Guest Column | January 17, 2019

3 Ways To Find Your Differentiator And Separate Your MSP From The Competition

By Mike Bloomfield, Tekie Geek and ASCII Group member

As if selling Managed Services wasn’t hard enough, you are almost guaranteed to run into at least one of the following questions in any sales meeting with a prospective client:

  • What makes you better than the other companies that I have spoken to?
  • Why are your prices higher?
  • How do I know you can do the job as good as them?

It’s important to strategically align yourself in areas that will set you apart from the crowd and highlight how distinct your business really is from others. By following these three strategies, I have grown my MSP business by double digits year after year.

Network, Network, And Network!

To stand out amongst the crowd, you must get out and network and shine. I know this is the kryptonite to most IT professionals, but this is a key strategy to growing your business. Research and find which local organizations would work for you and give you the best return; investigate your local Chamber of Commerce, Economic Development Corporations, BNIs, Executive Clubs, etc.

Simply joining isn’t enough, you must be active. I am actively involved in over five different groups and make it my business to attend meetings, events, seminars, and anything else offered by these groups. This helps to ensure my name, face, and business logo is always top of mind. Remember, they may not need our services today, but we want them to remember us the second they realize they need us.

Another crucial tip about networking at these events… stop selling! Rather than trying to sell, grow relationships and talk with others. Get involved in their lives, talk about their family, sports they watch, movies they like, music interests, etc. Be personable and take an actual interest in them! They will appreciate the approach and, if you are sincere, you will truly be rewarded by this in the future.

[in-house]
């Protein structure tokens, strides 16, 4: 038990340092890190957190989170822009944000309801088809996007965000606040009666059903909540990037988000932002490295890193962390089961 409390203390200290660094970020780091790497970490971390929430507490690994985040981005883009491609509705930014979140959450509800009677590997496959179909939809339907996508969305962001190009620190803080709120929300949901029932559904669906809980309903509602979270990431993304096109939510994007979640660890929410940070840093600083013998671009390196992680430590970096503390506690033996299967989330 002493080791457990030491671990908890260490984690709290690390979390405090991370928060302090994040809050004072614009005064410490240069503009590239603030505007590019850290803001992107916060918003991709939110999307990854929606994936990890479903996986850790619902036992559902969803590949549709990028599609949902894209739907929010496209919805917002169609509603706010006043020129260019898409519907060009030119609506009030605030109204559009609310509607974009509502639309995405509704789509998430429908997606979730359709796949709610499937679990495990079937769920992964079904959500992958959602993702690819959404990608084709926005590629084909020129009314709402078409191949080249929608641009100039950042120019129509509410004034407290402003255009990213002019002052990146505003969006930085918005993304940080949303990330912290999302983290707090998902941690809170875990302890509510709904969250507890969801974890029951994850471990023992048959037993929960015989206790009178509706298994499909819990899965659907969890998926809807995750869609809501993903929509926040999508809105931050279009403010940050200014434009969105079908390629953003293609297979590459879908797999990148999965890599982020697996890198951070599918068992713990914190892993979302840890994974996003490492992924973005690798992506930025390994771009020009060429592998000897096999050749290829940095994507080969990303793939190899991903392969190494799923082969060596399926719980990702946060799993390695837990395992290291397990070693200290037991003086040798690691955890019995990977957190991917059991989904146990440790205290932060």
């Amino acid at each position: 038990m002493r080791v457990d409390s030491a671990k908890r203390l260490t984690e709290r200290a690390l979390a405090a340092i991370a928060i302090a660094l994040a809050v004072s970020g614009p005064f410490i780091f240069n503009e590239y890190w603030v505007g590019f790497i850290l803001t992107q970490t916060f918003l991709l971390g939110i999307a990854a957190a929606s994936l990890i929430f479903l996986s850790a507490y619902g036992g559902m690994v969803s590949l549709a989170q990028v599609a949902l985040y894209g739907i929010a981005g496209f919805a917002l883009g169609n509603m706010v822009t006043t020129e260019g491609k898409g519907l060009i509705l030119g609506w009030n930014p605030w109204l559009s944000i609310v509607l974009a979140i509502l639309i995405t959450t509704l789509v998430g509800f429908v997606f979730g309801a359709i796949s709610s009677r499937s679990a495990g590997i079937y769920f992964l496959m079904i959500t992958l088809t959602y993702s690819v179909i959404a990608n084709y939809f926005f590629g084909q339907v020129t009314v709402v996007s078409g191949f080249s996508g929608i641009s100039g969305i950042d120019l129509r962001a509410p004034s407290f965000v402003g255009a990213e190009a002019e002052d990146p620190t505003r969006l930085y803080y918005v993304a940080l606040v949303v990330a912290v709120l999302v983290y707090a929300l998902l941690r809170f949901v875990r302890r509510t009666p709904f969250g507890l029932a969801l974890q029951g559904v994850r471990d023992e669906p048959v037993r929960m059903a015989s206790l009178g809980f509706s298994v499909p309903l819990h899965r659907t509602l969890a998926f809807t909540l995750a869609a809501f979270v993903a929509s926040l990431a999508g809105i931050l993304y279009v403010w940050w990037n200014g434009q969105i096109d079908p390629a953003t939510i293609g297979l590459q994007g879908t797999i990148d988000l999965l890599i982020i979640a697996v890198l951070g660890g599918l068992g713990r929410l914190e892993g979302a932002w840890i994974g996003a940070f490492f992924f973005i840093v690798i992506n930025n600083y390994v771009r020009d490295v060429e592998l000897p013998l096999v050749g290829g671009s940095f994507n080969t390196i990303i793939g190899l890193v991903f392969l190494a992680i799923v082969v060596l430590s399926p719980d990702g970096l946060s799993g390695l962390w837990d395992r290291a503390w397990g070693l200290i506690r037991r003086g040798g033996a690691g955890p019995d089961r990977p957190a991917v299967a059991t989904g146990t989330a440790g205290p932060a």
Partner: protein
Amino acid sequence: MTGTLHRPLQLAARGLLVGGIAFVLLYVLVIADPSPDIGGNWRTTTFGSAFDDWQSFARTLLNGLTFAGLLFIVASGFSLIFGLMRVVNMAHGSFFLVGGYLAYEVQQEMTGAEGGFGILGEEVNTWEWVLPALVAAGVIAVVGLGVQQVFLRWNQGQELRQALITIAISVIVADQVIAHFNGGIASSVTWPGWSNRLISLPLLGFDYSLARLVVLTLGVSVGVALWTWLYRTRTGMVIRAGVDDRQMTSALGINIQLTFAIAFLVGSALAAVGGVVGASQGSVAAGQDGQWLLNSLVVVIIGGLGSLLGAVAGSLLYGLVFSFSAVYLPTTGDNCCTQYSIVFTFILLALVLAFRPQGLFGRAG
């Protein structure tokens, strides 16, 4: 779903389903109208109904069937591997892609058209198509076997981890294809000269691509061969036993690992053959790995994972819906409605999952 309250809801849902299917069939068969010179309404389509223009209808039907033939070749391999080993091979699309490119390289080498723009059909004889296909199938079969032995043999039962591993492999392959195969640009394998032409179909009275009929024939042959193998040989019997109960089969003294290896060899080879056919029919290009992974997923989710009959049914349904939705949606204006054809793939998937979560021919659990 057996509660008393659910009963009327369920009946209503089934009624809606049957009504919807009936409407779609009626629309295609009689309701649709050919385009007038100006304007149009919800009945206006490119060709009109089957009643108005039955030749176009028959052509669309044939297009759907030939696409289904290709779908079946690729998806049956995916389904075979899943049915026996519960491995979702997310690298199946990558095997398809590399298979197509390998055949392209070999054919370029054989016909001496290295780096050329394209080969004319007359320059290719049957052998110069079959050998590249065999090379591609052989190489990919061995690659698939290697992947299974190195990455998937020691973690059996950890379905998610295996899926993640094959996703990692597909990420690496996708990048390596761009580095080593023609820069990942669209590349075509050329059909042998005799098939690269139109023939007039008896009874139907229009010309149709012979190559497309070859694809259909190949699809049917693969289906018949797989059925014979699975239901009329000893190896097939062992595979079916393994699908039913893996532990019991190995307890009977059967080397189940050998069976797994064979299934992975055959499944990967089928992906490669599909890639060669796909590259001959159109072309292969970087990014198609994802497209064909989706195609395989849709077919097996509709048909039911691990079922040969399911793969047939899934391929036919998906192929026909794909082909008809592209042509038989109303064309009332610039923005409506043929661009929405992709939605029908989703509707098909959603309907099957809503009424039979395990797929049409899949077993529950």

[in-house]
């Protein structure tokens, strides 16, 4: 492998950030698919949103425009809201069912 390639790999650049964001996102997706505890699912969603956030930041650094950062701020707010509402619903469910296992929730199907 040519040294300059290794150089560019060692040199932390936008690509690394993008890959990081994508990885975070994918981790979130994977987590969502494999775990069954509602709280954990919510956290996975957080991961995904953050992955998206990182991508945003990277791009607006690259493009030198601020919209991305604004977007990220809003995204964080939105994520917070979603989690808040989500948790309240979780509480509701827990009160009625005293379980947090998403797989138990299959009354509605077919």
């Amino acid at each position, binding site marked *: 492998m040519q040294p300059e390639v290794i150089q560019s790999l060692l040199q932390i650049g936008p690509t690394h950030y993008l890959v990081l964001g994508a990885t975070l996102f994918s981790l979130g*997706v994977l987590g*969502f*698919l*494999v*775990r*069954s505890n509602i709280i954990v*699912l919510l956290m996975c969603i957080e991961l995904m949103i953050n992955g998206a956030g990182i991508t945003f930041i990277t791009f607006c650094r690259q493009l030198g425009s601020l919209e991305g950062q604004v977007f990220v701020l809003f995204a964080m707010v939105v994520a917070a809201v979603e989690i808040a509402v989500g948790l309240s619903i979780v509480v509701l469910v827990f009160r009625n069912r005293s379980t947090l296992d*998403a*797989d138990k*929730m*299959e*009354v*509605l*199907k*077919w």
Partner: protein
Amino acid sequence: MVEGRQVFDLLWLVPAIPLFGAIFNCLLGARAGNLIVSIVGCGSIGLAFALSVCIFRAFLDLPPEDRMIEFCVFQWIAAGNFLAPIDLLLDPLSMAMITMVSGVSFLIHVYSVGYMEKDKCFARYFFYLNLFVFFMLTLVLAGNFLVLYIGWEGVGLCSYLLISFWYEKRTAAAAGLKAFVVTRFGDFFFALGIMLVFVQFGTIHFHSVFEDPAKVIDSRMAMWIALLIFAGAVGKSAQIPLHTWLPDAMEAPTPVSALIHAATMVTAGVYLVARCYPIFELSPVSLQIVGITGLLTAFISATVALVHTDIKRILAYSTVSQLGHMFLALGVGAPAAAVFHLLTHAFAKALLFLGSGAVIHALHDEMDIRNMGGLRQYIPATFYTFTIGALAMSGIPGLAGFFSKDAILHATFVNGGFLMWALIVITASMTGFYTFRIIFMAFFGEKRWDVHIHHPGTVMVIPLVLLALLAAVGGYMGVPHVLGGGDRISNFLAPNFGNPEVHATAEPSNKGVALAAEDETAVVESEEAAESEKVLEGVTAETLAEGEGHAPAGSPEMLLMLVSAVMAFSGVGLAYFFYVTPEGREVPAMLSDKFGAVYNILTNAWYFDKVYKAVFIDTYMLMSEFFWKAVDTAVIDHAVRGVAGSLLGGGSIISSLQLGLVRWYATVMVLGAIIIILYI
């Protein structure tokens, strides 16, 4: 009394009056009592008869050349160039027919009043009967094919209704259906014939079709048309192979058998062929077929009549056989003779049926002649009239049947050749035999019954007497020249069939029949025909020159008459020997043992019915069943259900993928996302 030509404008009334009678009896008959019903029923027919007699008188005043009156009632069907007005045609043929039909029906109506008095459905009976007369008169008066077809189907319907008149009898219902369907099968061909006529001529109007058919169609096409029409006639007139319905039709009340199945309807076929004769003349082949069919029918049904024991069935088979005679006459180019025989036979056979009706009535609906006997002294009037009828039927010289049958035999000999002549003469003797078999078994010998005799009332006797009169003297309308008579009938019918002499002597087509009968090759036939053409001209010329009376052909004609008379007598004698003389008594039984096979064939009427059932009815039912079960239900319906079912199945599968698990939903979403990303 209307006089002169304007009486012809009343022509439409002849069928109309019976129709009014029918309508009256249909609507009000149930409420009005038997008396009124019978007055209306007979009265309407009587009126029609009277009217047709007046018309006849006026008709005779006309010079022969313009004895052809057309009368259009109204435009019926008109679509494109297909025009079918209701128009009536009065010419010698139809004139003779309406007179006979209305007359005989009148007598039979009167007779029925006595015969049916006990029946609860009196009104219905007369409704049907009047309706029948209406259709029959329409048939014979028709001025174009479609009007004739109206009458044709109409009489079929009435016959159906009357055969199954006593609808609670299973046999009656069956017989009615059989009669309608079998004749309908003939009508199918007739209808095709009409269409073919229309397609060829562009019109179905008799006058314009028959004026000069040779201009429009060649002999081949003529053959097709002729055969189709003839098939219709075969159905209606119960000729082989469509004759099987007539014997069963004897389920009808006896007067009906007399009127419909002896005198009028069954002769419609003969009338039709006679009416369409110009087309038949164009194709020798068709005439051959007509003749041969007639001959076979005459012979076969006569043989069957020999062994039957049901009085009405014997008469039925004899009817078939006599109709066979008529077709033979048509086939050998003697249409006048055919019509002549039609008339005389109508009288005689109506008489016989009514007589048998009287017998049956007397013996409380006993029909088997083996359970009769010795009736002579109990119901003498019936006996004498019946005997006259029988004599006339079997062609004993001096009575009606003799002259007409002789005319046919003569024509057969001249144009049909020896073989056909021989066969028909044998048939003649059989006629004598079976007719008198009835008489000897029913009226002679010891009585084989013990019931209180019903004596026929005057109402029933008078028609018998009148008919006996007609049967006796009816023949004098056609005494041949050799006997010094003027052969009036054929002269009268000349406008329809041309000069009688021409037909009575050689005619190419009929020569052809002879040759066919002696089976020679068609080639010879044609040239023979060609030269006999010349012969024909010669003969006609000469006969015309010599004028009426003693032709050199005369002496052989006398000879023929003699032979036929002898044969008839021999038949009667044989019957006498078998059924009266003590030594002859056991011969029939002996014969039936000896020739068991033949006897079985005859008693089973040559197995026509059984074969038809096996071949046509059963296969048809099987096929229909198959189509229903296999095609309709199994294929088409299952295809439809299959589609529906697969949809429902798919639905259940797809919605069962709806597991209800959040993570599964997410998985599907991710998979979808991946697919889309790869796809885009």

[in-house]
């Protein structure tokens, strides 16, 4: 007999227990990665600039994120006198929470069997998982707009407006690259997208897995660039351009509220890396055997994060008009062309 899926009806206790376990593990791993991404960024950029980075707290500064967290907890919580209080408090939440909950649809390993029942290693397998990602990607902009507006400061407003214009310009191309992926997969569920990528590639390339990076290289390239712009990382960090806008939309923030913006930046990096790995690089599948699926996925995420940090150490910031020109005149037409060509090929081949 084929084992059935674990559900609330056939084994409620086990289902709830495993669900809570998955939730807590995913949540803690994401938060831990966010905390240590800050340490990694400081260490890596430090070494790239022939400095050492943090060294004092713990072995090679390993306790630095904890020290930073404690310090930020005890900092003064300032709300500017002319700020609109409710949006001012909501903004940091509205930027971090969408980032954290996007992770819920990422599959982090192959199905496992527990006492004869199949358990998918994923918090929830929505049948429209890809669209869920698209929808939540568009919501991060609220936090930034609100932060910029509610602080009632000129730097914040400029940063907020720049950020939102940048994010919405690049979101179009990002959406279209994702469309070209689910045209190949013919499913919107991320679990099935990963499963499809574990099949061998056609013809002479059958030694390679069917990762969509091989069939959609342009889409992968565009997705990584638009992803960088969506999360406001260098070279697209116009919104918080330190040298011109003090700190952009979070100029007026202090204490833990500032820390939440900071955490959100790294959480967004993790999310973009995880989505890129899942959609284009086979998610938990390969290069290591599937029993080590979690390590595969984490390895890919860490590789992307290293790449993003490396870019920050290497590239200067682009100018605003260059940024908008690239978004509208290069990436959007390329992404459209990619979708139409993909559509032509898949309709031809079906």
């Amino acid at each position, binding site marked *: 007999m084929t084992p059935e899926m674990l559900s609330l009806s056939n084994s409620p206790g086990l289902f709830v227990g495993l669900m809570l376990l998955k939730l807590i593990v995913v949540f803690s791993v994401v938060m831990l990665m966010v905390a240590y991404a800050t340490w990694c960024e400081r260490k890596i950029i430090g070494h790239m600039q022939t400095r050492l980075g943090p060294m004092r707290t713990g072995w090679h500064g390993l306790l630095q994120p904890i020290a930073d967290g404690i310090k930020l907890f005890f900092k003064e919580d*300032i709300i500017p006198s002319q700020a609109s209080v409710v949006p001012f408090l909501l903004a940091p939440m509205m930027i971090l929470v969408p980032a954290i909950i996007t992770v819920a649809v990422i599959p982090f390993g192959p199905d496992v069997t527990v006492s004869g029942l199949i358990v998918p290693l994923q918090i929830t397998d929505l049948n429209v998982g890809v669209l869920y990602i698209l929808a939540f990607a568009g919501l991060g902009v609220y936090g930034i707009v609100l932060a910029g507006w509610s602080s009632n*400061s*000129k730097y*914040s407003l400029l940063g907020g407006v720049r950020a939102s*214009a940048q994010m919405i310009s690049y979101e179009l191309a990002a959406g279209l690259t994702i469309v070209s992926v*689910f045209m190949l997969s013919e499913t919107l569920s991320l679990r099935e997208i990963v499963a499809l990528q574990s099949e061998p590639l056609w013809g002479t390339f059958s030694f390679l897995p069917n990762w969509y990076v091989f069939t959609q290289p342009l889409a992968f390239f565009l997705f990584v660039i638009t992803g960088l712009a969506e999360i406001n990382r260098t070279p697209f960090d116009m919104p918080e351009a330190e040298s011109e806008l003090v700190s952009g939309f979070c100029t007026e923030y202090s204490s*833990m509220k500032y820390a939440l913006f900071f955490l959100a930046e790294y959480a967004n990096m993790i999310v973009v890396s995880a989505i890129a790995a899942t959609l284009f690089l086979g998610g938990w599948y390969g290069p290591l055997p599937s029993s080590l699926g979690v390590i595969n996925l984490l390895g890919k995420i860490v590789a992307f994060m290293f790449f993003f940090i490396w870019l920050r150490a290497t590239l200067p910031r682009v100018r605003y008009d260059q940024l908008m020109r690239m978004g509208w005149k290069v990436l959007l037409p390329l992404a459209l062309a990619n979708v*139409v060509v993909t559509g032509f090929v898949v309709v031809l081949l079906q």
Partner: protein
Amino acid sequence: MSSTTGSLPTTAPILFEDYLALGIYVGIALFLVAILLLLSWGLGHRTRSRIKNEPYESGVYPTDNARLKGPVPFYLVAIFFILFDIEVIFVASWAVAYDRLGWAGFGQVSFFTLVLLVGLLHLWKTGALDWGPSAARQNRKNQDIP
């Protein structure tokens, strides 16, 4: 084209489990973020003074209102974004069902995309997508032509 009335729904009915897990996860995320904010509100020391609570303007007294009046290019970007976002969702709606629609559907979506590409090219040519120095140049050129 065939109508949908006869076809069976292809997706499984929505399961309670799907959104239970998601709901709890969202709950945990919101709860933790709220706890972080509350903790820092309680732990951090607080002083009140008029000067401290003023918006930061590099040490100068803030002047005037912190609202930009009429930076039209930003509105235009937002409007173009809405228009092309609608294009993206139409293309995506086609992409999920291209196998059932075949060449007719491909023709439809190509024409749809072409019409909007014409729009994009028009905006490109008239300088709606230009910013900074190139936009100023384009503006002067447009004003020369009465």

Get Involved

You thought joining a few business organizations was tough, but realistically, there is more joining that you should be doing. Not only should you be involved in the business community, but you also must be involved in the local community. Give back to the community that gives you so much. Look into your local Kiwanis groups, Rotary Clubs, and Non-Profit Boards.

I am a proud Kiwanian and sit on several nonprofit boards. Although there is a great benefit for my business by being active in these types of organizations, I am a part of them because I absolutely love giving back. Trust me, being a part of an organization that raised $50,000 for a local day camp that sends children with cancer to summer camp free is euphoric. You should have seen the look on the children’s faces when they are at the camp and for a split moment, can forget about all they are going through.

Be Trusted

The first strategy was about growing bonds through networking with other business professionals and the second strategy continues this with the local community. Once you are fully involved, you will be pleasantly surprised by the overlap of business professionals you will find in these organizations.

This strategy is easier said than done; the most important part of being trusted is to be trustworthy. Too many times have I won contracts simply because my competition has faltered in this department. While not lying to your prospective clients should be obvious, trustworthiness goes further. Over-promising what you cannot deliver can irrevocably damage your relationship with a client if you can’t follow up on your promises.  Be a straight shooter and set real expectations; deliver what you promise, and they will trust you forever.

Another tip for staying trusted is to stop trying to constantly upsell your clients. If every conversation with your client ends with you trying to push a new service onto them, they are going to see you as a salesperson…I’m looking to be their trusted advisor.

There is more to selling Managed Services than providing the services. You may be the best in your area, but you will find it more difficult to gain business if the community and other businesses don’t see that you are involved. With these 3 strategies, you will cement your role within your community, business groups, and prospective clients. You can start effectively answering those difficult questions and position yourself as not only an expert in your field, but someone clients can respect and trust.

About The AuthorMike Bloomfield, Tekie Geek

Mike Bloomfield is president of Tekie Geek and has been an ASCII Group Member since 2016.

About The ASCII Group, Inc.

The ASCII Group is a vibrant reseller community of independent MSPs, VARs, and other solutions providers. Formed in 1984, ASCII has more than 70 programs that provide turnkey cost-cutting strategies, innovative business building programs, and extensive peer interaction. ASCII members enjoy benefits such as marketing support; educational information; group purchasing power; increased leverage in the marketplace; and multiple networking opportunities. These programs enable ASCII members to increase revenue, lower operating costs, and grow service opportunities. ASCII is the oldest and largest group of independent information technology (IT) solutions providers, integrators and value added resellers (VARs) in the world. Learn more at